Brian Babineau/NHLI via Getty Images
By Allan Muir
August 18, 2014

You have to give the NHL credit. The league has been all about the big idea during the past decade. From its aggressive early adoption of social media to flashy concepts like the Winter Classic or the involvement with HBO's 24/7 series, the NHL has proved to be the most creative and flexible pro sports league in North America.

But now the NBA is thinking about doing it one better.

NBA Commissioner Adam Silver revealed recently that the league's Board of Governors is considering a mid-season tournament to add some zest to the schedule.

Should the NBA get serious about a midseason tournament?

“As one of our general managers said at the meeting, there’s very few things that you can win in the NBA,” Silver said. “I mean, when you think about European soccer, for example, they have the FA Cup and they have other tournaments throughout the season.”

The creation of a significant season prize to complement a playoff championship? Now that's bold.

At this point the NBA is strictly in the exploratory phase, asking questions via its fan forum and weighing a wide variety of blue-sky options. None of this talk means the league is going to travel down that road any time soon, if ever. But when you're trying to stake your claim to a bigger slice of an overcrowded sports marketplace, you've got to be receptive to new ideas. And the NBA has a beauty here, the best pro sports concept since the NHL decided to take its game outdoors. Maybe even better.

So, what would it look like? At this point, everything is up in the air as the NBA tries to massage the idea into a manageable concept, but these are among the possibilities the league is considering:

* It would take place in January or February.

* The format would be a single-elimination, March Madness-style tournament that could be scheduled over several weeks, or played over a short, defined period.

* The winner could earn, among other prizes, a guaranteed spot in the playoffs, a seeding reward such as home court advantage, or a bonus cash award for the team and its players.

* It could involve the entire league, the top or bottom 16 teams, or any other permutation. They're also entertaining the thought of inviting top international teams.

The NHL could use or discard any of those elements, but that last one seems like the real hook for a sport that's always loved some international intrigue. A Boston-Montreal single-elimination game would make for brilliant TV, but think of the marketing possibilities that would go along with involving the top clubs from Russia, Sweden, Finland or Germany. Imagine a match-up of Ilya Kovalchuk and SKA St. Petersburg and the New Jersey Devils. Or the Maple Leafs against William Nylander and MoDo. Or Teemu Selanne's Jokerit against the Anaheim Ducks.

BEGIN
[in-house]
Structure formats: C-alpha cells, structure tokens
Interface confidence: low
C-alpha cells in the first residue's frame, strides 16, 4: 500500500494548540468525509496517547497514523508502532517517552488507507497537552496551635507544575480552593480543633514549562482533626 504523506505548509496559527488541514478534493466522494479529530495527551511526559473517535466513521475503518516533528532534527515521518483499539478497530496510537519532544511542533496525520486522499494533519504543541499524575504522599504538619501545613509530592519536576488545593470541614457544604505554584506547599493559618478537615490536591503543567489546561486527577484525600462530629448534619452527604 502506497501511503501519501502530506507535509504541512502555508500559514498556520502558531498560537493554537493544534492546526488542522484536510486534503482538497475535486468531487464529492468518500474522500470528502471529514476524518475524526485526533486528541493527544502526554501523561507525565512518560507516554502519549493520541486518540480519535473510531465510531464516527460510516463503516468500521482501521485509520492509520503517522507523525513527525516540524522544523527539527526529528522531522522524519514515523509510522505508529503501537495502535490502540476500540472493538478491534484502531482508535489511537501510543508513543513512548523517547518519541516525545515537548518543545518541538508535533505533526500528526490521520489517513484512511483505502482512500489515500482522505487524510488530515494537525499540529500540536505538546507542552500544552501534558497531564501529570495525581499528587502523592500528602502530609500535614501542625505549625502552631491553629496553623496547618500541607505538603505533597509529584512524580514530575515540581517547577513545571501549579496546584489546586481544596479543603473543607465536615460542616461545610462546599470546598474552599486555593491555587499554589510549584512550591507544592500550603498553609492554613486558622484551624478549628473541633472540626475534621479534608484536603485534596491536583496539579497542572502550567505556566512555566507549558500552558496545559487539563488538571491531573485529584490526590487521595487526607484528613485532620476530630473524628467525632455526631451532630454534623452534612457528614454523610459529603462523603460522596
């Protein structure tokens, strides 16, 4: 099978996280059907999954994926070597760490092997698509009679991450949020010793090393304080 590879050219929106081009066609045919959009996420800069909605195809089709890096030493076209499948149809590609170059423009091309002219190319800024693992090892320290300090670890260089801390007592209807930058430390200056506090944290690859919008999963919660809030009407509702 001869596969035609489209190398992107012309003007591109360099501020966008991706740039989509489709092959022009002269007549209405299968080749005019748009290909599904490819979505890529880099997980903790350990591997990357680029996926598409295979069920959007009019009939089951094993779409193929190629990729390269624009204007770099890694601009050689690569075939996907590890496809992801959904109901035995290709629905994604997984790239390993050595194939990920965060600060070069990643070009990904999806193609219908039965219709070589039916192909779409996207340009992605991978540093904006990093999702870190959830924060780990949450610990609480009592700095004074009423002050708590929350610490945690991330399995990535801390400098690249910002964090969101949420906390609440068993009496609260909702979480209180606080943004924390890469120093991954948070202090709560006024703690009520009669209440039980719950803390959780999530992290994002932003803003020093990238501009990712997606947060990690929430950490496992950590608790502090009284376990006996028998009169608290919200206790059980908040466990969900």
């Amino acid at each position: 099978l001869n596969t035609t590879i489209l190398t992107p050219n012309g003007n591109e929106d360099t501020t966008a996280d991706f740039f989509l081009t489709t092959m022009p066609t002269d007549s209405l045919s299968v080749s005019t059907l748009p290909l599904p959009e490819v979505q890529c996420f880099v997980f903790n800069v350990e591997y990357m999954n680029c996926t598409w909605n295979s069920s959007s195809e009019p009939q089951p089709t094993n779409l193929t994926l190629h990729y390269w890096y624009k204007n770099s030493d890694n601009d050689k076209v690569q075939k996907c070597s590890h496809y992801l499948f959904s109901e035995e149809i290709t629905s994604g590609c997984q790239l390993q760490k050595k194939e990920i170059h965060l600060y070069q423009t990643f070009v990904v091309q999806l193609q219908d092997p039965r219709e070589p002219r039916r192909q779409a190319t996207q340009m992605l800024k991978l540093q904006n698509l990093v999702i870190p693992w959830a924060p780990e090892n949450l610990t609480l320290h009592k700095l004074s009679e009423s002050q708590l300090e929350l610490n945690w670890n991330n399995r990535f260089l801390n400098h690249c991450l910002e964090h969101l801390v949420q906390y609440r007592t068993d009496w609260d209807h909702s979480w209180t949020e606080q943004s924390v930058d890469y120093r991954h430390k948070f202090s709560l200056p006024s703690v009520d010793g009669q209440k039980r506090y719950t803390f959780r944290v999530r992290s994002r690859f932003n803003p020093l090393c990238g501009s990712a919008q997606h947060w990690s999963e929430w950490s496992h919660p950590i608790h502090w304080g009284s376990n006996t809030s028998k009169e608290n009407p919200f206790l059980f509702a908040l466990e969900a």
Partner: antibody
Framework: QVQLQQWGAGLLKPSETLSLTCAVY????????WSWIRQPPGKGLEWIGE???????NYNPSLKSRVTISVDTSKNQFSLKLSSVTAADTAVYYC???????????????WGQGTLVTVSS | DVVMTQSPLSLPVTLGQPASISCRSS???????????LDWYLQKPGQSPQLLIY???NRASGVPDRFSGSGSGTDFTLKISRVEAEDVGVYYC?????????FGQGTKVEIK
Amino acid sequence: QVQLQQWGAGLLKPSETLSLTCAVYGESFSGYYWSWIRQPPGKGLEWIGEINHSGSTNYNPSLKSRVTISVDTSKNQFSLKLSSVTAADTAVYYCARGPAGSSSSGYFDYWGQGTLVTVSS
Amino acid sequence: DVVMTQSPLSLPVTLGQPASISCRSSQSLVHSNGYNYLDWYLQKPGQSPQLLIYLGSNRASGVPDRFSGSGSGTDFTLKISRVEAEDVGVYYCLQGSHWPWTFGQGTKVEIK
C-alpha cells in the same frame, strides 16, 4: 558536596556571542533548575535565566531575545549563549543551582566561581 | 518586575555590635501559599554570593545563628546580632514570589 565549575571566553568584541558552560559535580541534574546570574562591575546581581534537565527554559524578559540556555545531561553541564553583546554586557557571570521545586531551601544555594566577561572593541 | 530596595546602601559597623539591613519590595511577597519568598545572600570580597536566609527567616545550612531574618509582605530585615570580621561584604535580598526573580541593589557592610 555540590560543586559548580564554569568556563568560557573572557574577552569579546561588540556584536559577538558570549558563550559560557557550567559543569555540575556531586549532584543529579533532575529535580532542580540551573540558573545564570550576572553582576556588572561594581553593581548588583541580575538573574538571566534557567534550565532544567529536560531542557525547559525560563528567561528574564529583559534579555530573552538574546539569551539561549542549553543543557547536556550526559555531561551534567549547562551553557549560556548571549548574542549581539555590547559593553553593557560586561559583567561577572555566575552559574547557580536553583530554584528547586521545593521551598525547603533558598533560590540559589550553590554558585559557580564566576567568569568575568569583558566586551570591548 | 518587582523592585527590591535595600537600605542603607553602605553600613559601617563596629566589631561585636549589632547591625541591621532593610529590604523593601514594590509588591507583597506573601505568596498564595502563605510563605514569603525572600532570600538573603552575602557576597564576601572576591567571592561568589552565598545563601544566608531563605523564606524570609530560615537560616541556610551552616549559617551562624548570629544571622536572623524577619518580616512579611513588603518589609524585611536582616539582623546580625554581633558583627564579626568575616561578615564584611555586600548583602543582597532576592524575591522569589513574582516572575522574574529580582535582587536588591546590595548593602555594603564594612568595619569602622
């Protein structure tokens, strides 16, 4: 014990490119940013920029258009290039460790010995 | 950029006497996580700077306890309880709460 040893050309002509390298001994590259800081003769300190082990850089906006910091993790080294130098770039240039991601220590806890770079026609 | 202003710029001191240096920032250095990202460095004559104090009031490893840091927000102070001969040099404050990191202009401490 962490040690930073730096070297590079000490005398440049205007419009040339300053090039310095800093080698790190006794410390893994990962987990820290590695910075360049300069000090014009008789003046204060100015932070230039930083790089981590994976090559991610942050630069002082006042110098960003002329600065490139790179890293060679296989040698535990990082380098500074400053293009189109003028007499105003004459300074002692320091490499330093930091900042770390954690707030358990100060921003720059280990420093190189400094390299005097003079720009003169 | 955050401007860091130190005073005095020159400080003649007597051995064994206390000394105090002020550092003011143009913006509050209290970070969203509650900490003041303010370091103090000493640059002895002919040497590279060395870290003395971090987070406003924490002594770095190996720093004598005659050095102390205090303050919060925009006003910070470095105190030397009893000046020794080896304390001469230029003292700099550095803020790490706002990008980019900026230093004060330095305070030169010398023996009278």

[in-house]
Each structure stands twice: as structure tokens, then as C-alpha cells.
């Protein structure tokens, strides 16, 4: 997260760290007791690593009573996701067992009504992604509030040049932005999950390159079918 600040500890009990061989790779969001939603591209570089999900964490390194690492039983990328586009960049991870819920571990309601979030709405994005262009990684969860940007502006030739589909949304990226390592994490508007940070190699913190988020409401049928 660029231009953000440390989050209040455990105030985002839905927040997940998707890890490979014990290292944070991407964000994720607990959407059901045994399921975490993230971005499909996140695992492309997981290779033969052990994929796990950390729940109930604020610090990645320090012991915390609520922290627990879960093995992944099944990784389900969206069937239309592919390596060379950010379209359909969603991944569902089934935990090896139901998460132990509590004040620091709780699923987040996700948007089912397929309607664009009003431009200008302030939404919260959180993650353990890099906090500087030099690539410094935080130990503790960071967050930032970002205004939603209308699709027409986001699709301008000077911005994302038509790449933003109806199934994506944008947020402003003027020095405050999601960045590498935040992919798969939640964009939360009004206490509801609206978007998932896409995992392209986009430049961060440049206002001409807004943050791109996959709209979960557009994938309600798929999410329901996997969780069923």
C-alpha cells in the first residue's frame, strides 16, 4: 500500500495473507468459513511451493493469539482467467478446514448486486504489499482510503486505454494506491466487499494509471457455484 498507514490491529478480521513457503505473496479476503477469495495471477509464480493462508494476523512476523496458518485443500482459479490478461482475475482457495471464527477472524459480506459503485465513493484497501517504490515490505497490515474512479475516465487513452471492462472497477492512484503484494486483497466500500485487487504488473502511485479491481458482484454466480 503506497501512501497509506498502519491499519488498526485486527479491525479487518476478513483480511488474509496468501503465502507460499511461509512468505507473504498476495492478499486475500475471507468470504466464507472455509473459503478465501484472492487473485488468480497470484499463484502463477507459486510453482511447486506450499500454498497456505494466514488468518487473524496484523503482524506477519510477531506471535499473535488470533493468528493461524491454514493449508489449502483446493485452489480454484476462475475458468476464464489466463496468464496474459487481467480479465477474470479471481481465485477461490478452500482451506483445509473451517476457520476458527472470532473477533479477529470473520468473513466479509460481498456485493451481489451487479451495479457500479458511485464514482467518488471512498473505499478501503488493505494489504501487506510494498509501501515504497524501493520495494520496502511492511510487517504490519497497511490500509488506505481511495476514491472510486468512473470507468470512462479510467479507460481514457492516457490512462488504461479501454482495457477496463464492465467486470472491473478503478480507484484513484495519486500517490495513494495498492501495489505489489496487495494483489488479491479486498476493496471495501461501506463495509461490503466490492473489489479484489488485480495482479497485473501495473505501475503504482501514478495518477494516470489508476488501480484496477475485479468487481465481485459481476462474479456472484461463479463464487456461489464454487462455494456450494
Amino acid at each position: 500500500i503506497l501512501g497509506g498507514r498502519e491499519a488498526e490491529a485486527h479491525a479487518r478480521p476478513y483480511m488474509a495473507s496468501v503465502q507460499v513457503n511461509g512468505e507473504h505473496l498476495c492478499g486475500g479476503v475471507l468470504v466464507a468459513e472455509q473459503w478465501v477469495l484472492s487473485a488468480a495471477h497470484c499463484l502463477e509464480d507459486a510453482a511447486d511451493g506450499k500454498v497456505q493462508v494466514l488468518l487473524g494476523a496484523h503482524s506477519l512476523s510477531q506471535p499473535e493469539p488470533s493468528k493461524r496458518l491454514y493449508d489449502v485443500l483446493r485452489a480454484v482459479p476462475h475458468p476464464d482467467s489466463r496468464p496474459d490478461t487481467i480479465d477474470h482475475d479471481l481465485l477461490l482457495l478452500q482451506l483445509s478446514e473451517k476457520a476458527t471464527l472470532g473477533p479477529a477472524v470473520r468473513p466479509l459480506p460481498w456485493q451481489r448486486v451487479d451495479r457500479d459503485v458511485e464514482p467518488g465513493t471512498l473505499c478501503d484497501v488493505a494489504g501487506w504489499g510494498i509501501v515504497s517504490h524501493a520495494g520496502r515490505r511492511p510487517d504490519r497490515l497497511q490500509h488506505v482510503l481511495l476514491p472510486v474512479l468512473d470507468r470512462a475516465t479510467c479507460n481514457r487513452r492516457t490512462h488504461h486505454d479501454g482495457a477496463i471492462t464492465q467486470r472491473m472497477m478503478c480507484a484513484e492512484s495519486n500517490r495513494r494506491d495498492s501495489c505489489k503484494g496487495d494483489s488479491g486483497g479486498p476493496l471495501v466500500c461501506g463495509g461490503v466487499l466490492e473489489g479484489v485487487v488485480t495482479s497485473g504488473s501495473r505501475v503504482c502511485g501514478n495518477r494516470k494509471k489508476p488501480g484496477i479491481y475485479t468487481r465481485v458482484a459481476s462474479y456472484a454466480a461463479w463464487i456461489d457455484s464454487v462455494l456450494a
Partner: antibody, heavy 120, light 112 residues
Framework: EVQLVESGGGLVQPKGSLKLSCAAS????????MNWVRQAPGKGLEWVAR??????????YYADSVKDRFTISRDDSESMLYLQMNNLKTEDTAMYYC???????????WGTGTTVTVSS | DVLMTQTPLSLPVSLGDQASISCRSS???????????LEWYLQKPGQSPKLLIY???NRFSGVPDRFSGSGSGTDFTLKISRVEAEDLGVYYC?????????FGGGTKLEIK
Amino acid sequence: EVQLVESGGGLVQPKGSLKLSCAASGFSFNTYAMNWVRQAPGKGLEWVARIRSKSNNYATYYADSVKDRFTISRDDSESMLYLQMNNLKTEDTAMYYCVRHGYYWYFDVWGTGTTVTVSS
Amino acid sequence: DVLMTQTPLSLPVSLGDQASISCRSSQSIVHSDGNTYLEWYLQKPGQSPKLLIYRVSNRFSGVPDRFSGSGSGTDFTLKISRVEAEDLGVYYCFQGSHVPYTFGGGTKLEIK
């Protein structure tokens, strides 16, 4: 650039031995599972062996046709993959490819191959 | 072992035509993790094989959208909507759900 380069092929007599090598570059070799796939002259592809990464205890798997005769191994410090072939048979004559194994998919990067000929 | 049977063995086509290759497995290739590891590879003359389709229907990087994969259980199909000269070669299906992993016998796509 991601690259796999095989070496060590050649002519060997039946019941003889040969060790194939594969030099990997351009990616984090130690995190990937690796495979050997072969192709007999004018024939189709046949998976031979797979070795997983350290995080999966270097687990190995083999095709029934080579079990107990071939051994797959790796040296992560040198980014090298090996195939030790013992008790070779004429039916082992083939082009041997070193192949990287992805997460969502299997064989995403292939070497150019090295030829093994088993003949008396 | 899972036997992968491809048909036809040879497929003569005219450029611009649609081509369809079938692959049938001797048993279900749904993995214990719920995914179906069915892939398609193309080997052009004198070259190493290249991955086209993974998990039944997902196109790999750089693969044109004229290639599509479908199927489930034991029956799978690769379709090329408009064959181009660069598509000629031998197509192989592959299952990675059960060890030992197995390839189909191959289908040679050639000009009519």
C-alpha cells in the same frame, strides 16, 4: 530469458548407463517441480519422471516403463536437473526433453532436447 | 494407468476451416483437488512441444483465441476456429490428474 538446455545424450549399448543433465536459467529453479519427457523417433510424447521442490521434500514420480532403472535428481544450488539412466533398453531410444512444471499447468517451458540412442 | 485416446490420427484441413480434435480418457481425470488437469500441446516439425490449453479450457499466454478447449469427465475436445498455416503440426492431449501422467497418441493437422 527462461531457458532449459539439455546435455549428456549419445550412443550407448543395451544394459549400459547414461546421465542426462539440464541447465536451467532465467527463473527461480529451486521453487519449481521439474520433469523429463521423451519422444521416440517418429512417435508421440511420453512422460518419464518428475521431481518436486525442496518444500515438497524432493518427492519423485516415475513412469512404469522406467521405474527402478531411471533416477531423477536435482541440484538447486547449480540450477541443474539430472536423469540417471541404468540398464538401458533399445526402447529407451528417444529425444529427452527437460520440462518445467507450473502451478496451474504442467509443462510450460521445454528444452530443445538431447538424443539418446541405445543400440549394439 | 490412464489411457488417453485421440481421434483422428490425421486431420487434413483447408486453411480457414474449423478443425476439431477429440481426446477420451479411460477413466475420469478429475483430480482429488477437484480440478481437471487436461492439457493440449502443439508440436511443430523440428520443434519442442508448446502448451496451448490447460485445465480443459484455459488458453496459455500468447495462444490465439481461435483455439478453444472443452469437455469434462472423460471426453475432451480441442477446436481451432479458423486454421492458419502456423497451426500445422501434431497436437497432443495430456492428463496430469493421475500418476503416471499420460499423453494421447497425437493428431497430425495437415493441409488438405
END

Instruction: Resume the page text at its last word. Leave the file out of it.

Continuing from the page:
That last one requires a bit more speculative elasticity than the others, but you get the idea.

Of course, they'd have to offer something more than another piece of hardware (maybe a re-purposed Victoria Cup?) to hoist in order to really grease the wheels. The NBA's playoff idea should be left on the brainstorming white board, but what about granting the winner a boost up the draft order by, say, five or 10 places? Or how about a bonus pick at the end of the first round? If all else fails to impress, just make the reward what everyone's looking for: a nice fat bonus check.

And it should be easy to write a few of those. Imagine what TSN, shut out of NHL hockey by the recent Rogers Communications deal, might ante up for premium programming like this?  It not only adds must-watch flair to the dog days of the season, it puts more money into the hockey related revenue pot.

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That should make it a pretty easy sell to owners and players. Sure, there'd be significant hurdles to leap. Scheduling, for instance. The regular season's already too long in the eyes of most, but as the 2014 Olympics proved, the league can be surprisingly flexible when there's a compelling marketing opportunity to accommodate.

The proposed time frame already features the All-Star Game, and while some fans/media/hockey people wouldn't mind seeing that tired showcase put to bed, it's one tough bird to kill. It serves as the league's premier opportunity to schmooze its corporate sponsors and it's a plum to franchises that are looking to energize a fan base. But maybe the weekend becomes a bit more compelling if the tournament final is held in conjunction with the All-Star Game. Or maybe the All-Star Game is left as is and the tournament climax creates another destination weekend. Think the 17,500 seat MGM-AEG arena currently under construction in Las Vegas might work as the annual home for a Final Four-style event?

There'll be the usual concerns about injuries and exhaustion, but financial interests have always trumped them in the past. And they will again. Executed properly, this could create a massive revenue influx. And not just TV money, either. Think special Victoria Cup jerseys—with ads, maybe?—and all the other ancillary marketing opportunities. Together, they might generate enough to convince the league to scratch a game or two off the regular season schedule.

Ultimately, a tournament concept would come down to whether the inconveniences are outweighed by the opportunity to grow the business. And Gary Bettman rarely whiffs on those.

"Our objective was, and always is, to make a great game even greater, to give our fans the best sports experience and entertainment possible and the best opportunities to connect with our game," Bettman said during the 2014 Stanley Cup Final. "Our plan is to continue to find innovative ways to further increase our game's growth and momentum."

You want innovative? Here it is.

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